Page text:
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Fed to keep buying bonds despite US growth

WASHINGTON -- The U.S. Federal Reserve appears intent to stick to its bond-buying stimulus on Wednesday, having already indicated it would take more than a modest show of economic strength for policymakers to begin taking their foot off the gas.

The Fed unveiled a third round of bond purchases last month to try to rev up a sluggish economic recovery despite a looming presidential election that some thought might deter action.

Now analysts believe the central bank will wait until at least December to make any changes to its current plans to buy US$40 billion of mortgage debt per month.

“With the election in two weeks, the Fed will be in a self-imposed quiet mode this week,” said Stephen Stanley, an economist at Pierpont Securities, in Stamford, Connecticut. “Look for a statement that has no more than marginal language changes.”

Policymakers have already said they will stick to their open-ended plans to buy bonds until the employment outlook improves substantially, and they are expected to reiterate that intention in a statement due around 2:15 p.m. (1815 GMT).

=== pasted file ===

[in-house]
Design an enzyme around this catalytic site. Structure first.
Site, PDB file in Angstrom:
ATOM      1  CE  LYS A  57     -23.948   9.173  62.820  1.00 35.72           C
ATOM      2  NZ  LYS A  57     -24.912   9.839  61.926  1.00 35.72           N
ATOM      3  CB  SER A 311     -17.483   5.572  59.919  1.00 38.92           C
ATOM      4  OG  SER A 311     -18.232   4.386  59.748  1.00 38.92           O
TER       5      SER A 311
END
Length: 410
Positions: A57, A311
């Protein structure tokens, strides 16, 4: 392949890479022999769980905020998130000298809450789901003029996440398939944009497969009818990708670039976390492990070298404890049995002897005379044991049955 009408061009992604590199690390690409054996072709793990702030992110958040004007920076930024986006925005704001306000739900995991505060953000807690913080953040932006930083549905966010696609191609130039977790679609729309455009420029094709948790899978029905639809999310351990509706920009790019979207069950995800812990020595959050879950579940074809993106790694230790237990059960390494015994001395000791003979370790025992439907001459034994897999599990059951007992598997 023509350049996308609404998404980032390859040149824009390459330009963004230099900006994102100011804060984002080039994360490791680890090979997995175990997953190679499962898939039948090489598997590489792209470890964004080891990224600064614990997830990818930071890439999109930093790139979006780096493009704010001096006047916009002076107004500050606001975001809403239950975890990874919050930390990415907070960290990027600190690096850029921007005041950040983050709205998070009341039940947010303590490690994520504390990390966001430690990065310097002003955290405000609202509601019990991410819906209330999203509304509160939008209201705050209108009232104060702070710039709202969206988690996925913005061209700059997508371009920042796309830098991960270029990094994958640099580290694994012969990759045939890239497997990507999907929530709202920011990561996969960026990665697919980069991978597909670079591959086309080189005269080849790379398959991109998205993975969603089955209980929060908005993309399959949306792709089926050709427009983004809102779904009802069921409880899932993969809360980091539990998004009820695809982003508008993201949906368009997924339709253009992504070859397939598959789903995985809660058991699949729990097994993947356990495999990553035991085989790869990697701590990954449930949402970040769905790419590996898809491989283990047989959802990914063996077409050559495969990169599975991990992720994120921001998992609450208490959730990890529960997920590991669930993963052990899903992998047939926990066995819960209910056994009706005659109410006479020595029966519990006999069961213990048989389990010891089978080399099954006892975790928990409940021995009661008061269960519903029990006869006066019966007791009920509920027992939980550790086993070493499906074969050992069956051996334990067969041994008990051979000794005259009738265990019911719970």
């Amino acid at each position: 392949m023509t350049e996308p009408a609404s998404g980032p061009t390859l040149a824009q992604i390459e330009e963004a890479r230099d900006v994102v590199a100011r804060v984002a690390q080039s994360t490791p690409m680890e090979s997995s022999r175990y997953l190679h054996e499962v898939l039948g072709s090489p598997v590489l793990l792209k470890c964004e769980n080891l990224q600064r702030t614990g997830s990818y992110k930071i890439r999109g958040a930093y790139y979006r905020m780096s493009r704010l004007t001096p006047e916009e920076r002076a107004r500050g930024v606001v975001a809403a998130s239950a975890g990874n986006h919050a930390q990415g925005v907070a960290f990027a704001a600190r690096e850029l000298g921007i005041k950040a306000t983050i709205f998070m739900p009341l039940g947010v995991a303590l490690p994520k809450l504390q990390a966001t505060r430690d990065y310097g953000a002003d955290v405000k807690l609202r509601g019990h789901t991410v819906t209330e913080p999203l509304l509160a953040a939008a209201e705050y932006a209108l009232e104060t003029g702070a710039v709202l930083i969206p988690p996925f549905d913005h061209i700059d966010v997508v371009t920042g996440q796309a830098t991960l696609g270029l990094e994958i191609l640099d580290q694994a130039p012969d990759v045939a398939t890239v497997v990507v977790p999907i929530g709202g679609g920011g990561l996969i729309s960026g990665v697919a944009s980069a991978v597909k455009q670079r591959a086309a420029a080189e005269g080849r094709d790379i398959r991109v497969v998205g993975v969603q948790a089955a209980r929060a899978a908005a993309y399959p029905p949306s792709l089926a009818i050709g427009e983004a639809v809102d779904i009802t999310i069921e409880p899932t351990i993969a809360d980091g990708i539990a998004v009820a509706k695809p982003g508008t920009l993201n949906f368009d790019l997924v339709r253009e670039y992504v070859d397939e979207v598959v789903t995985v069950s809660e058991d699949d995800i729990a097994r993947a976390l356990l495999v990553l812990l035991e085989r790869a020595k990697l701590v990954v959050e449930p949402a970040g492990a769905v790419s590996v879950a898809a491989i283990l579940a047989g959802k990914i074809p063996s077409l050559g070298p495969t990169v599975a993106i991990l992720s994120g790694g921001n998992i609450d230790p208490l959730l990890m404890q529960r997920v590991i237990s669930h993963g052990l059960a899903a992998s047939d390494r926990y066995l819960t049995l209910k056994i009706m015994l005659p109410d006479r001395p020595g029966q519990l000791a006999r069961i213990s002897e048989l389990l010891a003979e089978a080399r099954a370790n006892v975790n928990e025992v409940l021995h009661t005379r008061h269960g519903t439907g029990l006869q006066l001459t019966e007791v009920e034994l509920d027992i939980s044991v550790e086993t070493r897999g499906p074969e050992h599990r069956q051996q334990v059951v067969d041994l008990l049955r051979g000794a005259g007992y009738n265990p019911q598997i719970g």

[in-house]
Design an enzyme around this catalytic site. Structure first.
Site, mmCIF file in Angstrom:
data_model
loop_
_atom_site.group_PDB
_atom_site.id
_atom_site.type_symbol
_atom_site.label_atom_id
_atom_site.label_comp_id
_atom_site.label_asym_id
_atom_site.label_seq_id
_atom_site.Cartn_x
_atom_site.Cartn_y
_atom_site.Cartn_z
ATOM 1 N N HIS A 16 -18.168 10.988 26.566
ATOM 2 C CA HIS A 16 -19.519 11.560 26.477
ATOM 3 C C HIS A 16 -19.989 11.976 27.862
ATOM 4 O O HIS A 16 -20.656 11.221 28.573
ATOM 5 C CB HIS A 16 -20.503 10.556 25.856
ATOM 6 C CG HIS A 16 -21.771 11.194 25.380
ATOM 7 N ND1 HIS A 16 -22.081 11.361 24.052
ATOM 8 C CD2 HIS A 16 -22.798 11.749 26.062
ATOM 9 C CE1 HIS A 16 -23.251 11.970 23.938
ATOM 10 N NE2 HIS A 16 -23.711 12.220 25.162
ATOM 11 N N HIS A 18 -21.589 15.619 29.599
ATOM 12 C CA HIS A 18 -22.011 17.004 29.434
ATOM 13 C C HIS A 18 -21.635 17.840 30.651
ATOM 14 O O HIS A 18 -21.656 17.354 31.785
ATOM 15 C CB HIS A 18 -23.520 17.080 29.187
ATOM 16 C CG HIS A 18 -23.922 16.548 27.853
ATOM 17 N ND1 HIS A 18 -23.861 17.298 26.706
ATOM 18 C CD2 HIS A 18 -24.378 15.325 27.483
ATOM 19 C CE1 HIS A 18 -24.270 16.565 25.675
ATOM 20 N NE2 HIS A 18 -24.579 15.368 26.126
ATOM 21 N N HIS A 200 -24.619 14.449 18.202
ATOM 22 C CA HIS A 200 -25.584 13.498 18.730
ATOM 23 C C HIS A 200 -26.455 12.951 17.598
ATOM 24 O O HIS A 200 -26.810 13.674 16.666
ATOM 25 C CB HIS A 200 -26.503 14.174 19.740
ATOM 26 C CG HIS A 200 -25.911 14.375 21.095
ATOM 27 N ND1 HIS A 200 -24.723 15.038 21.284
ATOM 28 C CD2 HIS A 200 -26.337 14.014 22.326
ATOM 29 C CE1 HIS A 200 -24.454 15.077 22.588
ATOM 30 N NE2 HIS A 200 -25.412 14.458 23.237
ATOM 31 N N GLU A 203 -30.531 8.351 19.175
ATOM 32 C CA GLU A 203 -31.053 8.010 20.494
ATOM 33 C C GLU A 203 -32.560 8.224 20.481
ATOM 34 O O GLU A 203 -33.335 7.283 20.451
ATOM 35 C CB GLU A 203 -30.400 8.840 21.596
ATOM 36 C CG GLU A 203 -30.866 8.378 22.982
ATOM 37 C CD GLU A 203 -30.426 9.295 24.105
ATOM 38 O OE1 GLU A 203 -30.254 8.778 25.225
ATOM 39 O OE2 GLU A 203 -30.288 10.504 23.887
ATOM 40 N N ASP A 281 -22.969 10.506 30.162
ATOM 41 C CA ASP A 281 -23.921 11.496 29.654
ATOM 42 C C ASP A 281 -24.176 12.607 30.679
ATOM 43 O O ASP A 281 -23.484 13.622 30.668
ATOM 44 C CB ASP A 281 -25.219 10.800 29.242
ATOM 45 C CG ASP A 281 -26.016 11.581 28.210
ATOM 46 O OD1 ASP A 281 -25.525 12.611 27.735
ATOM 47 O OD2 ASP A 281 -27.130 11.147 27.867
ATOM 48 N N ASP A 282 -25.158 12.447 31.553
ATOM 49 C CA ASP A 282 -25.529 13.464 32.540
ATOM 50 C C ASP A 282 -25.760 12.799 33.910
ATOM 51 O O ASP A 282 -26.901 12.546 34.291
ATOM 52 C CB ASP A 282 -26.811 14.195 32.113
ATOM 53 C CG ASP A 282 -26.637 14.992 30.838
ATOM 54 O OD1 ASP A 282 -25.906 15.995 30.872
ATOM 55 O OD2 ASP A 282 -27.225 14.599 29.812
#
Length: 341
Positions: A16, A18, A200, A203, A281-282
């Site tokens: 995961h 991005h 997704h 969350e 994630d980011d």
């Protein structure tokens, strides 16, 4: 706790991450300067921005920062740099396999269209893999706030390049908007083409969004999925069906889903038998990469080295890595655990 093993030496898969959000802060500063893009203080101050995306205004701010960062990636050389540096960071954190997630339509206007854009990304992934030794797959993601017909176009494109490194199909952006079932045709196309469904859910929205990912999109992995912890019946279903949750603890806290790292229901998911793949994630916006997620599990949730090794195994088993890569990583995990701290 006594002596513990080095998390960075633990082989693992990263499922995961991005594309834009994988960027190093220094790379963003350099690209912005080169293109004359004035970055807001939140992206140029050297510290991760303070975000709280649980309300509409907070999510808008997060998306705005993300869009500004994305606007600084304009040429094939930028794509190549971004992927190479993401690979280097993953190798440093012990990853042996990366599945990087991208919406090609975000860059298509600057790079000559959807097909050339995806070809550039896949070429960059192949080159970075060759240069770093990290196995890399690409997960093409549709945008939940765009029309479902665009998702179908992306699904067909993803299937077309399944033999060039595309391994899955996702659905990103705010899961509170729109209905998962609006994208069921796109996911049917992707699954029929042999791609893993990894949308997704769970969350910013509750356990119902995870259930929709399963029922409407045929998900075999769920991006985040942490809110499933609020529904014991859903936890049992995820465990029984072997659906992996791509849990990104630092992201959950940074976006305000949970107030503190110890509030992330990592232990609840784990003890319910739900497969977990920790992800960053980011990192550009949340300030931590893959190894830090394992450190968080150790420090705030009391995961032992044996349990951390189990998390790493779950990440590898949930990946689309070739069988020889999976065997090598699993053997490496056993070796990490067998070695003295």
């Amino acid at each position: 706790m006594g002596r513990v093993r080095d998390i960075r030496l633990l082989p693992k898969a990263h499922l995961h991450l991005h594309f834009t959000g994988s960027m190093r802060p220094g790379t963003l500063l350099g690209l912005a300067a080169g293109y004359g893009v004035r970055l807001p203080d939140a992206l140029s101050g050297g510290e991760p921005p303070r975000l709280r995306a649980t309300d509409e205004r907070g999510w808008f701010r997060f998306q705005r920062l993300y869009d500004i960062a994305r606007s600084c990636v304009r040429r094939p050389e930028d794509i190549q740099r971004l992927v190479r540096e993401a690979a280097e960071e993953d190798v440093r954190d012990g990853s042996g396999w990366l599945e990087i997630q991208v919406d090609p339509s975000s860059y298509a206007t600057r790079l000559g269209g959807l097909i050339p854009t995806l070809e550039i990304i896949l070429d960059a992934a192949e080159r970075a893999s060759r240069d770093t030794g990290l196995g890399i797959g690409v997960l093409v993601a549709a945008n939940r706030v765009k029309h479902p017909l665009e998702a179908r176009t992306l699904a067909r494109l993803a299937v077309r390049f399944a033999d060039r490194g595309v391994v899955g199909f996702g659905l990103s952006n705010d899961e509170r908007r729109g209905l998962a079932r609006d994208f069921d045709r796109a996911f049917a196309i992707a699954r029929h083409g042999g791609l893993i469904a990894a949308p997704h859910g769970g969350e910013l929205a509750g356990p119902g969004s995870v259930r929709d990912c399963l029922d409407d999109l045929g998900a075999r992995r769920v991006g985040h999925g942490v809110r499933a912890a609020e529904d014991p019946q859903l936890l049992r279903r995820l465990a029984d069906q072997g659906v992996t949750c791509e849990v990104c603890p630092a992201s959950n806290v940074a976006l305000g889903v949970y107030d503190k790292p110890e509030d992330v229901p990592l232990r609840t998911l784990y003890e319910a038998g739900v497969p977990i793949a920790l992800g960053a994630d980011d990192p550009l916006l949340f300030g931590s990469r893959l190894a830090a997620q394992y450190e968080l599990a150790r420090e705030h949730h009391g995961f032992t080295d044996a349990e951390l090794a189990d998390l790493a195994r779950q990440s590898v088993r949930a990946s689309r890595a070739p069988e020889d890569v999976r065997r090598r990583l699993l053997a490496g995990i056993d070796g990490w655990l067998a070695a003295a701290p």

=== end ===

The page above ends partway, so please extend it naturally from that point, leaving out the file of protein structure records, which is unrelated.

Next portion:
While officials will likely nod to recent signs of a pickup in economic activity emerging in employment and housing, economists agree that the glimmers of a stronger recovery are too few and far between for the Fed to alter its policy course.

Indeed, it is also likely the Fed will repeat that it expects to keep overnight interest rates near zero through at least mid-2015 and that it intends to keep a highly stimulative policy in place “for a considerable time” after the recovery strengthens.

The Fed, which has held rates close to zero since December 2008, had already bought US$2.3 trillion in mortgage-related and government debt before it launched its latest round of stimulus.

Talking the Talk

Aside from a discussion over the stance of monetary policy, officials look set to debate fine-tuning their communications strategy by adopting numerical thresholds for economic variables that would guide the central bank's unconventional stimulus.

Chicago Federal Reserve Bank President Charles Evans, for instance, has advocated keeping rates near zero until the unemployment rate, currently at 7.8 percent, goes down to 7 percent, as long as inflation does not exceed 3 percent. The central bank formally targets 2 percent inflation.

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